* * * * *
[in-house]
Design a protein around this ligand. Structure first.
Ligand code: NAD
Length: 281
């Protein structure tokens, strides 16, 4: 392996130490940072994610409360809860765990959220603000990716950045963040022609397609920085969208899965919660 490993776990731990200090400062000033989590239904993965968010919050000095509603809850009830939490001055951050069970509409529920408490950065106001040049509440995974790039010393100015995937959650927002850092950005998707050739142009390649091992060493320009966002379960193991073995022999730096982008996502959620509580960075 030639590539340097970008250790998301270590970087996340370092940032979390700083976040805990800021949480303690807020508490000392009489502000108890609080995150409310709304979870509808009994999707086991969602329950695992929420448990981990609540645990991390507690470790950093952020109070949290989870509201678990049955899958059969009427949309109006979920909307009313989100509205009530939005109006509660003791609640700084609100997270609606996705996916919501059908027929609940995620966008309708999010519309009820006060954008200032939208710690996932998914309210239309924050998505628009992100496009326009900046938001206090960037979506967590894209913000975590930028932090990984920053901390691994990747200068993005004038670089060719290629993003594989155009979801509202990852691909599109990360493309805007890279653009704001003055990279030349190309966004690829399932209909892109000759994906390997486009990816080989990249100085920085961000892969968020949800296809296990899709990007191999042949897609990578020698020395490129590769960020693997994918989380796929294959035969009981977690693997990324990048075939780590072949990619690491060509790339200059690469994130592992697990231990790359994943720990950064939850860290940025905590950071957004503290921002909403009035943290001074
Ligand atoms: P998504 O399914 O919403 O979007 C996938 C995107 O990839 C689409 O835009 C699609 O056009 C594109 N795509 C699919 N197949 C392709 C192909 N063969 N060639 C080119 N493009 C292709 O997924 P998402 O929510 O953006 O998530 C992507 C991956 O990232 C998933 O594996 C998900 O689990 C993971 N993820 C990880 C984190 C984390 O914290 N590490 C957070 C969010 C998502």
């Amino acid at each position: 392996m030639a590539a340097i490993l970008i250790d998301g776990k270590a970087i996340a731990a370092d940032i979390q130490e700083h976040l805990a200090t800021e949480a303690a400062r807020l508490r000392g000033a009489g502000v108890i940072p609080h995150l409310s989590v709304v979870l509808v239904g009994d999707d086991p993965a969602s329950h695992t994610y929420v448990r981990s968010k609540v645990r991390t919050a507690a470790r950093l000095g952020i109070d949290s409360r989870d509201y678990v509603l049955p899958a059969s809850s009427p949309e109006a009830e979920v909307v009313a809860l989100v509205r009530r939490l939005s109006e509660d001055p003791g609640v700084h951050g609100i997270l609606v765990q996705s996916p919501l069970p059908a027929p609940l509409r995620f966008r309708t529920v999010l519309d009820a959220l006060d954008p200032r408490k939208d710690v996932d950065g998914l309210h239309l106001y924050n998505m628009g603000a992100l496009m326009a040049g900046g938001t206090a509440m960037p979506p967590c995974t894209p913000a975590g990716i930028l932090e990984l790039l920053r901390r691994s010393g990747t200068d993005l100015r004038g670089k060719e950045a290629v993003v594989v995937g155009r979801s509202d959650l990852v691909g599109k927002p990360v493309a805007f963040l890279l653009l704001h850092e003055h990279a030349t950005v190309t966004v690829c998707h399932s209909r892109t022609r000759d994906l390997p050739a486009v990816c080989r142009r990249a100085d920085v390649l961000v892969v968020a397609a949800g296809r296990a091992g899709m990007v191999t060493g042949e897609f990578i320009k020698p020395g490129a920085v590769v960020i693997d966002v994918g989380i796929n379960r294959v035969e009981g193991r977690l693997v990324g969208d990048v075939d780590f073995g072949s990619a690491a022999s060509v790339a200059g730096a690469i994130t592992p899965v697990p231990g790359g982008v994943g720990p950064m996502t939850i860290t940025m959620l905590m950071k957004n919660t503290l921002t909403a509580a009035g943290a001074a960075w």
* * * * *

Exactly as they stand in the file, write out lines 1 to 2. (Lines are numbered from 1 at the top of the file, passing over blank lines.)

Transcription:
[in-house]
Design a protein around this ligand. Structure first.